Tuesday, August 02, 2005

Republican Support Falls in Ohio’s Second District

Assuming a recount doesn’t change the result in this special election for Congress in Ohio, Paul Hackett has taken at least 48% of the vote in a district which Republicans could usually count on a victory of 30%. Hackett accomplished this by campaigning against Bush and the Iraq War, while supporting liberal social issues including same sex marriage.

While we would have preferred a victory, coming close in such a strong Republican district is significant. If a Democrat can knock 26% off of the typical Republican margin of victory, imagine how many districts would change hands with similar results. Special elections such as this have often been bellwethers of major changes to come in the next general election.

Earlier today, before the results were known, Charlie Cook wrote this in the Cook Political Report:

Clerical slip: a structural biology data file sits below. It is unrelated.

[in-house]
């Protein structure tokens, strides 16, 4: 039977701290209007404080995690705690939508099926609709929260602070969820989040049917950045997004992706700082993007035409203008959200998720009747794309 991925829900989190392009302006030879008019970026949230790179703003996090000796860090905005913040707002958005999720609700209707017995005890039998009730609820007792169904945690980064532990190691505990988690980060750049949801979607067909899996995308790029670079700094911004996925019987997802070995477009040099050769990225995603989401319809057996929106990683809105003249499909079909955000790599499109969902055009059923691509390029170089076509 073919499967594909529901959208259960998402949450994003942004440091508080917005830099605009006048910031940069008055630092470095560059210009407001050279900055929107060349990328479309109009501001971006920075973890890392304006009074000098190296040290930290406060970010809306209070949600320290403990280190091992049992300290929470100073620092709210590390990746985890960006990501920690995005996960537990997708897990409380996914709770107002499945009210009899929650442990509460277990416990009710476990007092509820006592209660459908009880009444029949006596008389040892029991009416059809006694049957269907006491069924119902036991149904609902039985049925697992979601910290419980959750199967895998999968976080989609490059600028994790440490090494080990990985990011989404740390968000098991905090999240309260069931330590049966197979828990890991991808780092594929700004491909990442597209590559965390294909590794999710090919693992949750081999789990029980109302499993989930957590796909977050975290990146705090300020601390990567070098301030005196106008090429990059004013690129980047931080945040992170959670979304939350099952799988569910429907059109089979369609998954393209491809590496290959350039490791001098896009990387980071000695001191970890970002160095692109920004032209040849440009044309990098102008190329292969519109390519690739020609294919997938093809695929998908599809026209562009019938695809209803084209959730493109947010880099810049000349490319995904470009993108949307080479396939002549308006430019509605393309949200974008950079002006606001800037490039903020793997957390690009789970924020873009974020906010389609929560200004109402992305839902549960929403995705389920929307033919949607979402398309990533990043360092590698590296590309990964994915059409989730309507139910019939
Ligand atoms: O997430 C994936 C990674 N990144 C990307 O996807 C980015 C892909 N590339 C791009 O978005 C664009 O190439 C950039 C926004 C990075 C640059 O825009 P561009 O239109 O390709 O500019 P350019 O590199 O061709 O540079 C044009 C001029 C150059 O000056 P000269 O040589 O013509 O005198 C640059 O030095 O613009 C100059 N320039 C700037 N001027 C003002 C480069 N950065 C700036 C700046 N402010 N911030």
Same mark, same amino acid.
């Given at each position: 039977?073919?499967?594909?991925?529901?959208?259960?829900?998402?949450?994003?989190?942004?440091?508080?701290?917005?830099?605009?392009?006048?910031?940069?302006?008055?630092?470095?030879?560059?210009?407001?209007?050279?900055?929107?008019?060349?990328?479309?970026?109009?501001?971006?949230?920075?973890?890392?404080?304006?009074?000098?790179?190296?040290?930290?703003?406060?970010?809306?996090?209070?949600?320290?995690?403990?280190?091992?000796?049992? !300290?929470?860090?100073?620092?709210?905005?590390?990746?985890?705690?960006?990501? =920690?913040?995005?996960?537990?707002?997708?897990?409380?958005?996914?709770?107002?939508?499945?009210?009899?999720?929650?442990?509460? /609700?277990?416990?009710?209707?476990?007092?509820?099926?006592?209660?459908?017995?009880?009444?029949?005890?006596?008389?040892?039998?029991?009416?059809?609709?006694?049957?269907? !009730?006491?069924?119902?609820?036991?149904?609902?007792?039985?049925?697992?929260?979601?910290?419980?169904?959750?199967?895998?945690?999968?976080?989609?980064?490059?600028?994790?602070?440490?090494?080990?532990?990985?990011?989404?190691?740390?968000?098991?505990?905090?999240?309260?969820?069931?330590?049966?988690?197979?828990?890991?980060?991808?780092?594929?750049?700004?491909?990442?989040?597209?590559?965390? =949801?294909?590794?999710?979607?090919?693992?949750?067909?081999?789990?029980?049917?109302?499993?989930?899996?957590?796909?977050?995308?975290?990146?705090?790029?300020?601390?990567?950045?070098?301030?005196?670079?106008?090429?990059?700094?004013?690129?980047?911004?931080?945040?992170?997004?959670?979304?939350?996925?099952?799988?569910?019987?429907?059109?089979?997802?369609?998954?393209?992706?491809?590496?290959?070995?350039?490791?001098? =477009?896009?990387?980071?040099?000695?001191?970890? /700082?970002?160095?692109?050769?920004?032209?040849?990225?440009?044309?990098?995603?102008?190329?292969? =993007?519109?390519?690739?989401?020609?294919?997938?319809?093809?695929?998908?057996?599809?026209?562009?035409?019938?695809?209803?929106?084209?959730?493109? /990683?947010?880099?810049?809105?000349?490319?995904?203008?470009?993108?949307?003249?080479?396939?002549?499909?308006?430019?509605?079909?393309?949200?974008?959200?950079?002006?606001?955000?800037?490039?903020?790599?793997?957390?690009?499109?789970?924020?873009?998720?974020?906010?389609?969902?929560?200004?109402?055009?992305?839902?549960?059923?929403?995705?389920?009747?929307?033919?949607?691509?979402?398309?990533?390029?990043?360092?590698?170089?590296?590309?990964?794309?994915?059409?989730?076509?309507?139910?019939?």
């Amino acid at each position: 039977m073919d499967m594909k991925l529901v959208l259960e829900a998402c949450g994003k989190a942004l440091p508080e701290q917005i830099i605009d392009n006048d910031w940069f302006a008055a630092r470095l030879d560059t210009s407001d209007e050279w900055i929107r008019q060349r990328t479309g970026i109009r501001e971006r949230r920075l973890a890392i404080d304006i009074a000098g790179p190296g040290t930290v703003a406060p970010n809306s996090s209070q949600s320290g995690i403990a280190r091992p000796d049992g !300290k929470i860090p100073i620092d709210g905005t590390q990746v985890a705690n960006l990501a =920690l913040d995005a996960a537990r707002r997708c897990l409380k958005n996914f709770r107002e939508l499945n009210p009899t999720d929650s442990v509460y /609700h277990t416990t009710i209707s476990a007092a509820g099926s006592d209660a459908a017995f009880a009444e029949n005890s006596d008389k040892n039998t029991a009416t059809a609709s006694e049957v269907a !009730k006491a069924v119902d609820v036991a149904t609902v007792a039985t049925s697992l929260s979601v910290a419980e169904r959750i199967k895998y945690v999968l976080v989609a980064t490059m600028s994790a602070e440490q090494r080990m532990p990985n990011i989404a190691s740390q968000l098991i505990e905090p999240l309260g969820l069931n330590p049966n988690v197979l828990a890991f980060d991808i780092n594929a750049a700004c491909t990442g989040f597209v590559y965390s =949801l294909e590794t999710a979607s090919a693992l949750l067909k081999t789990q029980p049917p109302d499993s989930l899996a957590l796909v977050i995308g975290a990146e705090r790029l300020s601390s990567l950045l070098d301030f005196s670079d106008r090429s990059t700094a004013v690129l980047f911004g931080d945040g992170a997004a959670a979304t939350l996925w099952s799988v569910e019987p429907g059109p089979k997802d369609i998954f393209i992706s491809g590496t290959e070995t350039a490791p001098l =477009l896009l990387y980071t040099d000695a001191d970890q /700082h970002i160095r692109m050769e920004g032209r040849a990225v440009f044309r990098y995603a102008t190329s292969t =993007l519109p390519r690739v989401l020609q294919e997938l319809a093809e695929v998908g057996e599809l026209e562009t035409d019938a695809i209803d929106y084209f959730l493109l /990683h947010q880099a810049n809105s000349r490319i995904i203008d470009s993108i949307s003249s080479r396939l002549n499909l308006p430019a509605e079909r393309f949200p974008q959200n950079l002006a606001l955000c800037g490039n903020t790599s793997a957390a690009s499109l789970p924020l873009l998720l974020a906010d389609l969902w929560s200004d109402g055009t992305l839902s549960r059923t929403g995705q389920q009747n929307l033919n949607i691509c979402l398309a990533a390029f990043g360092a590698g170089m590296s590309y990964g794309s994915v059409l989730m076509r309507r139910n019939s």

But even assuming a GOP win tonight, the margin of victory can give us some insight into just how radioactive the governor’s troubles and the “time for a change” sentiment in the state will be for other Republicans in the Buckeye State next year. If Schmidt’s victory margin is in double digits, this tells us that there is not much of an anti-GOP wind in Ohio right now. If the margin is say six to nine points for Schmidt, then there is a wind, but certainly no hurricane. A Schmidt win of less than five points should be a very serious warning sign for Ohio Republicans that something is very, very wrong, while a Hackett victory would be a devastating blow to the Ohio GOP.


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